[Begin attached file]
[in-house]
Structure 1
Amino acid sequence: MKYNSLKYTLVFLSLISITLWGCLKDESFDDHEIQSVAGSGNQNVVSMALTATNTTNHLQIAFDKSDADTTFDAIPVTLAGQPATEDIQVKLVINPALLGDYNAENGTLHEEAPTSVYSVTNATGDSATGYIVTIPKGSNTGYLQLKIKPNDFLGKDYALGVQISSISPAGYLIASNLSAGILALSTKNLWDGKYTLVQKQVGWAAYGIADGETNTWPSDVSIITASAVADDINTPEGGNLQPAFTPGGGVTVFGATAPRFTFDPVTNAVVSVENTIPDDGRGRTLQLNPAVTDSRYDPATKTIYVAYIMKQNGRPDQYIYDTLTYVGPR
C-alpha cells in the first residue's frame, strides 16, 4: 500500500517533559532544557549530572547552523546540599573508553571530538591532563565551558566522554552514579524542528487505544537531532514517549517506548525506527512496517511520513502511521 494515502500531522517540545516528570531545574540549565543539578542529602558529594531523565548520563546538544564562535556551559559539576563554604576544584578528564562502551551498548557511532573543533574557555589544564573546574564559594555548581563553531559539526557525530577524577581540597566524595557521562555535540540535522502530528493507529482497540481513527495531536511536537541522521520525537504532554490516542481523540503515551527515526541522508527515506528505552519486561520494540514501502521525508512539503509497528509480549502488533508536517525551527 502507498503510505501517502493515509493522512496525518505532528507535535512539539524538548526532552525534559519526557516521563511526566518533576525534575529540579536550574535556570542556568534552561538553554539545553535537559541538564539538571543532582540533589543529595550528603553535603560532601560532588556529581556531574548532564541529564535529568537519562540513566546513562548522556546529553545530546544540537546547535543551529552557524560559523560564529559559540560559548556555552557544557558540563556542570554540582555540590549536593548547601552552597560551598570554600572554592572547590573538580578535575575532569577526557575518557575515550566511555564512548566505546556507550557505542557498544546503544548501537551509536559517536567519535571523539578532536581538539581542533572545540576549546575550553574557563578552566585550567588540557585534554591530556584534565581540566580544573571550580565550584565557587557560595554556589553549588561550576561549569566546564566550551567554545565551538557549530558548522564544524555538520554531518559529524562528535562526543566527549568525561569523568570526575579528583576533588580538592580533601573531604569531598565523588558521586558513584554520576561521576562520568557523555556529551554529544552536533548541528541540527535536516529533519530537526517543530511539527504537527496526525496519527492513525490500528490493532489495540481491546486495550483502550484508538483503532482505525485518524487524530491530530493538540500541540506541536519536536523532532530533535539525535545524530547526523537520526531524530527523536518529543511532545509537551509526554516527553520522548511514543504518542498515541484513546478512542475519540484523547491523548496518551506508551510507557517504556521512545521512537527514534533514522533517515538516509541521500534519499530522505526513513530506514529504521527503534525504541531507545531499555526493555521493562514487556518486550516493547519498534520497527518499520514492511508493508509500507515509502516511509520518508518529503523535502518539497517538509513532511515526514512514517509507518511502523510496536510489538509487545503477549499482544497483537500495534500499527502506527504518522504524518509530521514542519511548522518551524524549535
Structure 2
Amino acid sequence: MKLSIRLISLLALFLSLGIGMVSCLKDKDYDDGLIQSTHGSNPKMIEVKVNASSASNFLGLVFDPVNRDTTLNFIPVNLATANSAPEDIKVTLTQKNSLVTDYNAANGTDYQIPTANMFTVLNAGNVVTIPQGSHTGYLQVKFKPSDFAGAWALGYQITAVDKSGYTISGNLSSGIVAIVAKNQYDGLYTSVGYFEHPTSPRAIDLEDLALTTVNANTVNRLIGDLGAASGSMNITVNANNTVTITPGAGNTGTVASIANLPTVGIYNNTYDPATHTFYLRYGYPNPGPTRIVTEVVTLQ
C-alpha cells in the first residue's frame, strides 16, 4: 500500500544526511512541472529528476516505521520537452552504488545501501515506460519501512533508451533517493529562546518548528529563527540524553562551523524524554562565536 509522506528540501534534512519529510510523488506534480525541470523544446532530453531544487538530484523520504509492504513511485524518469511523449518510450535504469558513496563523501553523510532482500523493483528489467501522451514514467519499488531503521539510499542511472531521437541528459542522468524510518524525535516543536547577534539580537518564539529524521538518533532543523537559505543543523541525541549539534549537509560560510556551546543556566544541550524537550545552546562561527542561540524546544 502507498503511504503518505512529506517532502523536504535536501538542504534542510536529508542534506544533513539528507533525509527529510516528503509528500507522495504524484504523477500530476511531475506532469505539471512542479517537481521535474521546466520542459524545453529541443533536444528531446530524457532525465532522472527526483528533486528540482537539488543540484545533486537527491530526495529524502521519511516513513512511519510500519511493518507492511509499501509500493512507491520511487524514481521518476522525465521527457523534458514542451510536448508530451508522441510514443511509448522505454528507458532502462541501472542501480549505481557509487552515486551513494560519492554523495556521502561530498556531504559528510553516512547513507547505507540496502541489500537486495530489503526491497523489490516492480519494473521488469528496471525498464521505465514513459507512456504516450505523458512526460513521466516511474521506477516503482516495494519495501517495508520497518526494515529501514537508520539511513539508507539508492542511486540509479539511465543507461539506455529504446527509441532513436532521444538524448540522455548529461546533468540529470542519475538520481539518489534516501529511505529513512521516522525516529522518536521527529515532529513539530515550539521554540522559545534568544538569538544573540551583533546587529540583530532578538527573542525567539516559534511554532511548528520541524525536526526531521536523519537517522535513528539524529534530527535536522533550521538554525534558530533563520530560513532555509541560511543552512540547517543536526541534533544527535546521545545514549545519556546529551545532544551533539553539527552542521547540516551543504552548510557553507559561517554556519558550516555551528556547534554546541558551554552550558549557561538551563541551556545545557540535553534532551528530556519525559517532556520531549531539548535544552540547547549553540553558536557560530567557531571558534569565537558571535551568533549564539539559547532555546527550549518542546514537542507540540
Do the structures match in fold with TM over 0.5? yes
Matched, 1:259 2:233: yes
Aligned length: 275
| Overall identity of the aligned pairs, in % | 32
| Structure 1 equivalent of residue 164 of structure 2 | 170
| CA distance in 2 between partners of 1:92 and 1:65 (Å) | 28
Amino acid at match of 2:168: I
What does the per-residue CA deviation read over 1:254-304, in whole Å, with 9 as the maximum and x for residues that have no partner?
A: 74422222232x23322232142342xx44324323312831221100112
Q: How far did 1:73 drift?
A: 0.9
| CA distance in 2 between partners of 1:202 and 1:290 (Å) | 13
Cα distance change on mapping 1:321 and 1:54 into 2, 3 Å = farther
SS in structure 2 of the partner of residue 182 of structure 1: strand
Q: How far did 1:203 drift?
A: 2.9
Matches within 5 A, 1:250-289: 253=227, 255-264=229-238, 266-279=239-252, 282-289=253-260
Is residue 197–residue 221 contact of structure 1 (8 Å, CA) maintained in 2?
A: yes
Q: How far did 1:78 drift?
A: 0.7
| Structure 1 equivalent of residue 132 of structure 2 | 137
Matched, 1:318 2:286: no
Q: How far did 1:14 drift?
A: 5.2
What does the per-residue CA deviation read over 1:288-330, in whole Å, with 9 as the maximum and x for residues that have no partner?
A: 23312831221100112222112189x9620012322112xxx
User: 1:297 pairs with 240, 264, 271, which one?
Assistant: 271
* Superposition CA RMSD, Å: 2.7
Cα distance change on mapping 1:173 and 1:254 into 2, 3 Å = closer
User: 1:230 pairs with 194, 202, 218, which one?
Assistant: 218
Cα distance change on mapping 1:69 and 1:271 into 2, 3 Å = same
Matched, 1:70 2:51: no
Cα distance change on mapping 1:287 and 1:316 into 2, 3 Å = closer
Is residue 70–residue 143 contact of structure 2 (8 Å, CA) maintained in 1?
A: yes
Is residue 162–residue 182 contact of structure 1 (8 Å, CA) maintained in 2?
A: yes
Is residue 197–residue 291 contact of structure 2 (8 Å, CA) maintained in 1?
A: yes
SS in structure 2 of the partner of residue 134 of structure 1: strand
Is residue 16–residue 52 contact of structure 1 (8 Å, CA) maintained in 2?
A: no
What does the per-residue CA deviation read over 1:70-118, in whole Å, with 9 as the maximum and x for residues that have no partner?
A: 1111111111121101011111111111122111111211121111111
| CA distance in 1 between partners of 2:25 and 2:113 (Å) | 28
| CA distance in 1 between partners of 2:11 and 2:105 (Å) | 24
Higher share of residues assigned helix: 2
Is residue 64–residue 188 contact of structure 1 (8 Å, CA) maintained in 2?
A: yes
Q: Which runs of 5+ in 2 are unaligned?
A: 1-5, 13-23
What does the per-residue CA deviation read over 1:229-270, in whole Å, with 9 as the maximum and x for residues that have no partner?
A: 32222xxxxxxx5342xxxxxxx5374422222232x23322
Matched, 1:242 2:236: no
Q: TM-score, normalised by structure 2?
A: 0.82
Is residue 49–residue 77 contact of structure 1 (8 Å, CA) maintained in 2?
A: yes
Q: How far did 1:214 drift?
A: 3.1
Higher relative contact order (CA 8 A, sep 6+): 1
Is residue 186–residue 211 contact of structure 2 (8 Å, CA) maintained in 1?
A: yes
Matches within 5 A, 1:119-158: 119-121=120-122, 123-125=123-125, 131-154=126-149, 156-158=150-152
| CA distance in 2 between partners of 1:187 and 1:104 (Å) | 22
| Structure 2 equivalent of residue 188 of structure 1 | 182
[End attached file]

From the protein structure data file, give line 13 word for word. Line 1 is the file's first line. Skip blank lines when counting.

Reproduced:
| CA distance in 2 between partners of 1:92 and 1:65 (Å) | 28